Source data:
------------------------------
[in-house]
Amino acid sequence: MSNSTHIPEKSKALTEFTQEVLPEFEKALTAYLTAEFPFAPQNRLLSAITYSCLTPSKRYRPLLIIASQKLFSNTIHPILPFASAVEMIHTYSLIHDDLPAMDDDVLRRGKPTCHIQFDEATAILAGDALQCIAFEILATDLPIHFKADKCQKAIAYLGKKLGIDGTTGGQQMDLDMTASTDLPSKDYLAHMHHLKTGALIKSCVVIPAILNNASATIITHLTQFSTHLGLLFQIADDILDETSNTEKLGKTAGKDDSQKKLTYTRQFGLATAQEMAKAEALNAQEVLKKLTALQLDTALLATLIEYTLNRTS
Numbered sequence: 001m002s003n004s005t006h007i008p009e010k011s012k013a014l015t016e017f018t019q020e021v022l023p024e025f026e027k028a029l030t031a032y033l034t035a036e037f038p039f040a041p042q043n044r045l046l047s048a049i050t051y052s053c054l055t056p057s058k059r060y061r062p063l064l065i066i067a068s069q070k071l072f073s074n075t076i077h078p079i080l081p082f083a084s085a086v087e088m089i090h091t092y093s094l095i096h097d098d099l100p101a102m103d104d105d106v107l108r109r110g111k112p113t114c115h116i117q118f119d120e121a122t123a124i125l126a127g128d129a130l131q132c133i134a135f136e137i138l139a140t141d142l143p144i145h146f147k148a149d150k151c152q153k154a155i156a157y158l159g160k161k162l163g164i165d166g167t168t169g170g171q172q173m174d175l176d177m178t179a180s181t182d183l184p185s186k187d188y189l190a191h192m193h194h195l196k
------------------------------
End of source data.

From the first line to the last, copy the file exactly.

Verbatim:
[in-house]
Amino acid sequence: MSNSTHIPEKSKALTEFTQEVLPEFEKALTAYLTAEFPFAPQNRLLSAITYSCLTPSKRYRPLLIIASQKLFSNTIHPILPFASAVEMIHTYSLIHDDLPAMDDDVLRRGKPTCHIQFDEATAILAGDALQCIAFEILATDLPIHFKADKCQKAIAYLGKKLGIDGTTGGQQMDLDMTASTDLPSKDYLAHMHHLKTGALIKSCVVIPAILNNASATIITHLTQFSTHLGLLFQIADDILDETSNTEKLGKTAGKDDSQKKLTYTRQFGLATAQEMAKAEALNAQEVLKKLTALQLDTALLATLIEYTLNRTS
Numbered sequence: 001m002s003n004s005t006h007i008p009e010k011s012k013a014l015t016e017f018t019q020e021v022l023p024e025f026e027k028a029l030t031a032y033l034t035a036e037f038p039f040a041p042q043n044r045l046l047s048a049i050t051y052s053c054l055t056p057s058k059r060y061r062p063l064l065i066i067a068s069q070k071l072f073s074n075t076i077h078p079i080l081p082f083a084s085a086v087e088m089i090h091t092y093s094l095i096h097d098d099l100p101a102m103d104d105d106v107l108r109r110g111k112p113t114c115h116i117q118f119d120e121a122t123a124i125l126a127g128d129a130l131q132c133i134a135f136e137i138l139a140t141d142l143p144i145h146f147k148a149d150k151c152q153k154a155i156a157y158l159g160k161k162l163g164i165d166g167t168t169g170g171q172q173m174d175l176d177m178t179a180s181t182d183l184p185s186k187d188y189l190a191h192m193h194h195l196k